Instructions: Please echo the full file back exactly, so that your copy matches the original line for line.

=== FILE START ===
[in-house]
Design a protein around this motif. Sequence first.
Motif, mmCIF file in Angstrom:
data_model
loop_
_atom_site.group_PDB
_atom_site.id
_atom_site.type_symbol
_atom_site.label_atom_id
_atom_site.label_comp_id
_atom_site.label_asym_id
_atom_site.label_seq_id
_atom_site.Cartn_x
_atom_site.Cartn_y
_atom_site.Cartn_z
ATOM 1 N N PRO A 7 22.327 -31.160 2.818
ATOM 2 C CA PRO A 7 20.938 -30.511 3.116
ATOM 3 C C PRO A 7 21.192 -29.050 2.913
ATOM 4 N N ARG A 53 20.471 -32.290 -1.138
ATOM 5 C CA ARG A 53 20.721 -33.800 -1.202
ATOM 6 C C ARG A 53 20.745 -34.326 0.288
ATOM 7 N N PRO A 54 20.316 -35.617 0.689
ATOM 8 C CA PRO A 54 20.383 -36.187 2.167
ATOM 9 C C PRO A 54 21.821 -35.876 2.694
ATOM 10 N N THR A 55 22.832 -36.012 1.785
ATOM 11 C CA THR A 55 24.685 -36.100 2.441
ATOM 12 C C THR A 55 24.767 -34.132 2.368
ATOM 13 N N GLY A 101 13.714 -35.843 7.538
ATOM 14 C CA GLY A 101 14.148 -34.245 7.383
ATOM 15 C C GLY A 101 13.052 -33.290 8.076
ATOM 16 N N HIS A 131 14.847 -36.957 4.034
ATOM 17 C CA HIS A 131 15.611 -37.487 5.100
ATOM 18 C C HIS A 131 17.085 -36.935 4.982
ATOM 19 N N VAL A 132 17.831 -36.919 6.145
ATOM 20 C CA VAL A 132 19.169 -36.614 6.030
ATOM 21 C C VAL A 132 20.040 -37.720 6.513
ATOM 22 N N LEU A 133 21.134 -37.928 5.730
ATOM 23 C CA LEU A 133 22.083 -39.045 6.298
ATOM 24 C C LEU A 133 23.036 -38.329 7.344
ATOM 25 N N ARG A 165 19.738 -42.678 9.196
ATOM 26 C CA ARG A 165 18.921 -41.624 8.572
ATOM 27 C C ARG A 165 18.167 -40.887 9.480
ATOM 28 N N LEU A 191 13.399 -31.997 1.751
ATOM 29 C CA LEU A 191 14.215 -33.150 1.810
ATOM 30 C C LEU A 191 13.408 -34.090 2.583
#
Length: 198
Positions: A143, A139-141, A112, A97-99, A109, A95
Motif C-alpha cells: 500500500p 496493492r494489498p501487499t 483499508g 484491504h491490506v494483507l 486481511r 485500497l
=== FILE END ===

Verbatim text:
[in-house]
Design a protein around this motif. Sequence first.
Motif, mmCIF file in Angstrom:
data_model
loop_
_atom_site.group_PDB
_atom_site.id
_atom_site.type_symbol
_atom_site.label_atom_id
_atom_site.label_comp_id
_atom_site.label_asym_id
_atom_site.label_seq_id
_atom_site.Cartn_x
_atom_site.Cartn_y
_atom_site.Cartn_z
ATOM 1 N N PRO A 7 22.327 -31.160 2.818
ATOM 2 C CA PRO A 7 20.938 -30.511 3.116
ATOM 3 C C PRO A 7 21.192 -29.050 2.913
ATOM 4 N N ARG A 53 20.471 -32.290 -1.138
ATOM 5 C CA ARG A 53 20.721 -33.800 -1.202
ATOM 6 C C ARG A 53 20.745 -34.326 0.288
ATOM 7 N N PRO A 54 20.316 -35.617 0.689
ATOM 8 C CA PRO A 54 20.383 -36.187 2.167
ATOM 9 C C PRO A 54 21.821 -35.876 2.694
ATOM 10 N N THR A 55 22.832 -36.012 1.785
ATOM 11 C CA THR A 55 24.685 -36.100 2.441
ATOM 12 C C THR A 55 24.767 -34.132 2.368
ATOM 13 N N GLY A 101 13.714 -35.843 7.538
ATOM 14 C CA GLY A 101 14.148 -34.245 7.383
ATOM 15 C C GLY A 101 13.052 -33.290 8.076
ATOM 16 N N HIS A 131 14.847 -36.957 4.034
ATOM 17 C CA HIS A 131 15.611 -37.487 5.100
ATOM 18 C C HIS A 131 17.085 -36.935 4.982
ATOM 19 N N VAL A 132 17.831 -36.919 6.145
ATOM 20 C CA VAL A 132 19.169 -36.614 6.030
ATOM 21 C C VAL A 132 20.040 -37.720 6.513
ATOM 22 N N LEU A 133 21.134 -37.928 5.730
ATOM 23 C CA LEU A 133 22.083 -39.045 6.298
ATOM 24 C C LEU A 133 23.036 -38.329 7.344
ATOM 25 N N ARG A 165 19.738 -42.678 9.196
ATOM 26 C CA ARG A 165 18.921 -41.624 8.572
ATOM 27 C C ARG A 165 18.167 -40.887 9.480
ATOM 28 N N LEU A 191 13.399 -31.997 1.751
ATOM 29 C CA LEU A 191 14.215 -33.150 1.810
ATOM 30 C C LEU A 191 13.408 -34.090 2.583
#
Length: 198
Positions: A143, A139-141, A112, A97-99, A109, A95
Motif C-alpha cells: 500500500p 496493492r494489498p501487499t 483499508g 484491504h491490506v494483507l 486481511r 485500497l